Does a Tent Footprint Go Inside or Outside

Tent with an outside footprint

Most tents come with a waterproof floor, but using a ground cloth should be a part of every experienced camper’s tent-pitching routine. It can be a tarp or a simple old blanket packed into the top of your tent bag that will block moisture, prevent wear and tear on your tent floor and keep it in great shape.

Whereas the point of using a footprint beneath the tent is obvious in terms of water blockage and having a buffer against punctures and abrasion, there is an issue of whether you should footprint the inside of your tent, outside, or both.

Even though most people put footprints outside of their tents, some experienced campers argue that even tents with tent flies should be footprinted inside, as well. This additional liner could be very useful as a second footprint. 

To make it work, the cloth needs to be slightly smaller than the outside perimeter of your tent. The fact is that not all tent flies extend all the way to the ground with their lower lip occasionally ending several inches above the lower edge of the tent walls. With water running down the fly, onto the tent wall, and down to the ground, it may hit the ground cloth and end up under the tent.

Table of Contents

What is a Footprint Groundsheet?

Generally speaking, a footprint groundsheet is a piece of waterproof tarpaulin exactly matching the bottom of your tent.

While most tents already come fully complete with a ‘built-in’ groundsheet – either a zipped-in or sewn-in groundsheet or even extra bathtub style groundsheets, casual campers may find themselves in need of extra lining.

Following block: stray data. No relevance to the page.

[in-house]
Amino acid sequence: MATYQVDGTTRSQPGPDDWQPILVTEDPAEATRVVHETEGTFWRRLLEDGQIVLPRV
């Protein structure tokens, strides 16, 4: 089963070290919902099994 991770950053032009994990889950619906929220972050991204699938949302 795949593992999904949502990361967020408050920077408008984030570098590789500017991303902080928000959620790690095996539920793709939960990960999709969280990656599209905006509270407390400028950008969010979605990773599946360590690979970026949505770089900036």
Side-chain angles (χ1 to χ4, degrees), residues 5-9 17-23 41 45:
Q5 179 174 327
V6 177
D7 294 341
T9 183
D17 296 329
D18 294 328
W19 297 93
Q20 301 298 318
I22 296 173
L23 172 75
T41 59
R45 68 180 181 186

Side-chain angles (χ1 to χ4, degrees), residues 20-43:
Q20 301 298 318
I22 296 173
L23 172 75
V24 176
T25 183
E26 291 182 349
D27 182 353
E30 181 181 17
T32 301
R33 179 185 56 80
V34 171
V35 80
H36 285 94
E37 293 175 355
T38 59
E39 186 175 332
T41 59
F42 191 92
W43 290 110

The Pros of Having a Footprint Groundsheet

Your tent may already be waterproof, but an extra footprint groundsheet does not only give you extra waterproofing but provides you with some far more critical advantages that can make you consider investing in a footprint groundsheet:

  • The comfort of perfect pitch – Knowing precisely where to put the corners of your tent can eliminate many pitching problems. If you have one of those larger or modular-style tents, you already know how difficult it may be to figure out where to put the corner pegs before getting the frame up – not to mention having to move them again. Much of your time can be saved with a footprint groundsheet that shows exactly where you should peg your corners.
  • The blessing of dry ground – Having a piece of dry ground with you can make pitching your tent far more enjoyable. It keeps the bottom of your tent dry and clean and makes packing away less frustrating. If your tent has a sewn-in groundsheet, having a footprint groundsheet can make the process less annoying and save you from airing and drying the tent when you get home after camping in high humidity and bad weather.
  • Doubles waterproofing – Even though most tent groundsheets have a string 10,000mm hydrostatic, meaning there is a small chance you will get wet, this barrier may not suffice. A footprint groundsheet provides a second waterproofing layer that keeps you protected, even on longer trips. This is particularly important if you are using expedition and trekking tents with 5,000mm hydrostatic head groundsheets.
  • Extra warmth – Campers know that most heat is lost to the ground. You should think of a footprint groundsheet as an additional layer of insulation that can prevent heat loss and trap the warm air inside the tent.